This time of the year…

November 16, 2011

It is this time of the year again where Vienna’s ice-cream parlours have put their shutters down for their customary winter break…

… while, early in the morning, the leaves on the trees and bushes are already covered by the icy dabs of frost…

… and it seems as if the morning mist was swallowing the upper parts of the city’s higher buildings.

In Vienna’s largest park, the Prater, water, trees and mist are doing a fine job at turning the world into the kind of melancholy autumn wonderland so dear to poets like Georg Trakl (1887-1914) or Rainer Maria Rilke (1875-1926):

Speaking of Rilke: As some of you will know, Kate Davies of needled posted one of his autumn-y poems, Herbsttag, on her blog a couple of months ago inducing a discussion on the respective merits of its various translations into English. Among the problematic points there was the question how to render the German word “Allee” which, technically, means “a road lined with trees on either side”. The problem here is that – as long as it’s lined with trees – an “Allee” can be any kind of road and even for Rilke’s original German-speaking audience the word may conjure up a wide range of images, from a small, deserted country lane to a bustling city boulevard (think the Champs-Élysées in Paris or Unter den Linden in Berlin). The first that came to my mind when reading the poem, was this…

… Vienna’s Prater Haupt-Allee, the main road across the Prater. Granted, with its broad band of asphalt and the COMECON-aesthetics* of its street lighting, it’s not a very pretty sight. But once you step into one of the narrower lanes that run alongside the central carriageway on either side…

… you’ll find that things start looking decidedly more, well, Rilkean:

 

Frankly, though, I always felt that when visiting the Prater, the further you venture away from the Haupt-Allee, the better. After all, before it became a park the Prater was the Habsburgs’ hunting ground created in the woodlands along the backwaters of the Danube. And even today there are still plenty of forest lanes and waterside paths to discover…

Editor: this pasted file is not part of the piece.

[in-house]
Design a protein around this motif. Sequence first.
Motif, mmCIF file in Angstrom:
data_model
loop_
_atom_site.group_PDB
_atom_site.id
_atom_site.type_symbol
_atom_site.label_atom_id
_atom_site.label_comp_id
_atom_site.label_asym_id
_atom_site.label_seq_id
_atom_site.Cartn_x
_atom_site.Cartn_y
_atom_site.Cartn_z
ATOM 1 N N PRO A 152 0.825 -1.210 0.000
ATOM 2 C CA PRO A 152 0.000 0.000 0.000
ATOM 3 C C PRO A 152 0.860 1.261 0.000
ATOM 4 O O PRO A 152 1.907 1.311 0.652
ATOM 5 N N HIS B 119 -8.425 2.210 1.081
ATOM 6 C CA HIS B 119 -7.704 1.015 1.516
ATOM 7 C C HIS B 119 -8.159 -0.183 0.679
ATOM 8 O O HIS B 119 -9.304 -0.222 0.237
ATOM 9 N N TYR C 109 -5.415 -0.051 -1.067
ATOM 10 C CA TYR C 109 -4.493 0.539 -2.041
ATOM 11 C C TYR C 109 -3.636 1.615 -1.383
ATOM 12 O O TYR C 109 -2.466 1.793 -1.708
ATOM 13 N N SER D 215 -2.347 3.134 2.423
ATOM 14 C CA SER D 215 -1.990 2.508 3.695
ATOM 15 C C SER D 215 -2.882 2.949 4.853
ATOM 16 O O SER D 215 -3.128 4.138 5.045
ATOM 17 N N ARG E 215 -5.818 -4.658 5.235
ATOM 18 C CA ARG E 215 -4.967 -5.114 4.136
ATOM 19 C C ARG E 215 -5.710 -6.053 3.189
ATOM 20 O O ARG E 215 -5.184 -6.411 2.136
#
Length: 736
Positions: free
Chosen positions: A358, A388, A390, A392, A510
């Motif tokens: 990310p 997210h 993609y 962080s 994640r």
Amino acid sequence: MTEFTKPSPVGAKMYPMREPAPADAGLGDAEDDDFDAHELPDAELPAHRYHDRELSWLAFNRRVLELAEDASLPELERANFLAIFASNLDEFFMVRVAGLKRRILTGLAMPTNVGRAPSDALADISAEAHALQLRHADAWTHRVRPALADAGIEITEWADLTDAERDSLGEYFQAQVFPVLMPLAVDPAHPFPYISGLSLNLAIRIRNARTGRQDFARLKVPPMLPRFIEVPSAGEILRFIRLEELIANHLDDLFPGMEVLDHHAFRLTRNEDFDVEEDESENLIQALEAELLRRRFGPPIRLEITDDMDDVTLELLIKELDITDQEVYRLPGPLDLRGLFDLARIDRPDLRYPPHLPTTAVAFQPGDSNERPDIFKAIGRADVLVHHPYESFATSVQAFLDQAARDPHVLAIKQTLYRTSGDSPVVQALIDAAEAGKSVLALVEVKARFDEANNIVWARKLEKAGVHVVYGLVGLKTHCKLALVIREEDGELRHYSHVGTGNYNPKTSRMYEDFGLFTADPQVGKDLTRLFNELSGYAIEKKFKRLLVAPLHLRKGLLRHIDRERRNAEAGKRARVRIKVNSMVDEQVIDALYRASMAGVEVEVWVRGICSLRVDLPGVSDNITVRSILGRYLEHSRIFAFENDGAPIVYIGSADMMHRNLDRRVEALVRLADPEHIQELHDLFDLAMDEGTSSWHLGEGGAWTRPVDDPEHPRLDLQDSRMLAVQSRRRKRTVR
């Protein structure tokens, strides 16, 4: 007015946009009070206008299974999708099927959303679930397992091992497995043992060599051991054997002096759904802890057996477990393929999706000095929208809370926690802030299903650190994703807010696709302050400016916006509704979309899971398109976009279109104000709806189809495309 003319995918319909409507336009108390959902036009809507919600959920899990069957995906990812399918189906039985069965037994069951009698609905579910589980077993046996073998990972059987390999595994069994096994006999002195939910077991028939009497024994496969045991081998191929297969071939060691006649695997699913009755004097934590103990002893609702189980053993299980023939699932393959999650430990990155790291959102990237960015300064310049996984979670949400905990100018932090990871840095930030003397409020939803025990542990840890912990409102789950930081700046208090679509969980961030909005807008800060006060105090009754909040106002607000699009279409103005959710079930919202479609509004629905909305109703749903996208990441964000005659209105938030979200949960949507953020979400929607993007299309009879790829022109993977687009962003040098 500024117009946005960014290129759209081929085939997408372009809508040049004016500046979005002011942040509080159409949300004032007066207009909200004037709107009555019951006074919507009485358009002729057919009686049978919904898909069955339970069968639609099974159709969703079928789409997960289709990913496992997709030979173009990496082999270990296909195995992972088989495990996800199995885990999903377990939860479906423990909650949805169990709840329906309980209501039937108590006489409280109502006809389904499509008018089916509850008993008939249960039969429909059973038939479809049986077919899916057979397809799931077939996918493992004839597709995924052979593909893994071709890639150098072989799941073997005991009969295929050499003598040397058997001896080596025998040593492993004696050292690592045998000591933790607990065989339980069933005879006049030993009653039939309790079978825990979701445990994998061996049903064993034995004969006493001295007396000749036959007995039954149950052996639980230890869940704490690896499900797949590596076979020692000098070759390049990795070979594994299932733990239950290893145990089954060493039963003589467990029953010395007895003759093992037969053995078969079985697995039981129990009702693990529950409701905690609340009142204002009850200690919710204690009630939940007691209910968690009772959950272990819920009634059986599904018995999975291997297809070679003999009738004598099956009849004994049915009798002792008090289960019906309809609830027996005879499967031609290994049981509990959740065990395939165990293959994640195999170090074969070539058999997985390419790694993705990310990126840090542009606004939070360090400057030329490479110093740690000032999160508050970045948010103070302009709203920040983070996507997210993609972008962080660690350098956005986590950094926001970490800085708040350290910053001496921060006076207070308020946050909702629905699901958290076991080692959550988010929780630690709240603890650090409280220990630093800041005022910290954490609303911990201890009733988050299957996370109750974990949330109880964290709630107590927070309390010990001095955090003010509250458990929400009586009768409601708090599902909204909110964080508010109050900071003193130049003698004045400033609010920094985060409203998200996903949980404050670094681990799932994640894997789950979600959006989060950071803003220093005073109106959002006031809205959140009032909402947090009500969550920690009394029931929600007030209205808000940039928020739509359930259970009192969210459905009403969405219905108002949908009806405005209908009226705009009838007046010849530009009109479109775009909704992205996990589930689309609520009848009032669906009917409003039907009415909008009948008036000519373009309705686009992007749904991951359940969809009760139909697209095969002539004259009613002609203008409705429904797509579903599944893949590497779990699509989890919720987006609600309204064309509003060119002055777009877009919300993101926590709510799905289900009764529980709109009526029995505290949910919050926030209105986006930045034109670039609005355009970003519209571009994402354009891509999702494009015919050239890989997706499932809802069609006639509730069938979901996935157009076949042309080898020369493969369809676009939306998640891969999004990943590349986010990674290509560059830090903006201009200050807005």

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* Remember the COMECON? Ok, I probably wouldn’t if it didn’t get mentioned so often in Ian Banks’ Espedair Street

Believe it or not, I finally wrote a post in our Lit Knit series which is NOT about Terry Pratchett! So, here goes…

The author: Joseph von Eichendorff (1788-1857) was one of the most important writers of German Romanticism. Having been born only 1788, however, meant that he wrote his earliest works at a time when the Romantic era was already drawing to an end, and he more or less spent the rest of his career hearkening back to a style of writing that was already out of date. Still, he produced a work of great renown, including prose and plays but also a history of German literature from the beginnings to the Romantic era, and translations from the Spanish (e.g. El Conde Lucanor or the works of Calderón de la Barca). What he’s really famous for, though, is his poetry. Indeed, his name has almost become synonymous with German Romantic verse, and many of his highly lyrical poems have been set to music by great composers such as Robert Schumann, Felix Mendelssohn or Hugo Wolf.

Franz Kugler: Portrait of Joseph von Eichendorff, 1832 (Image © Wikimedia Commons)


The book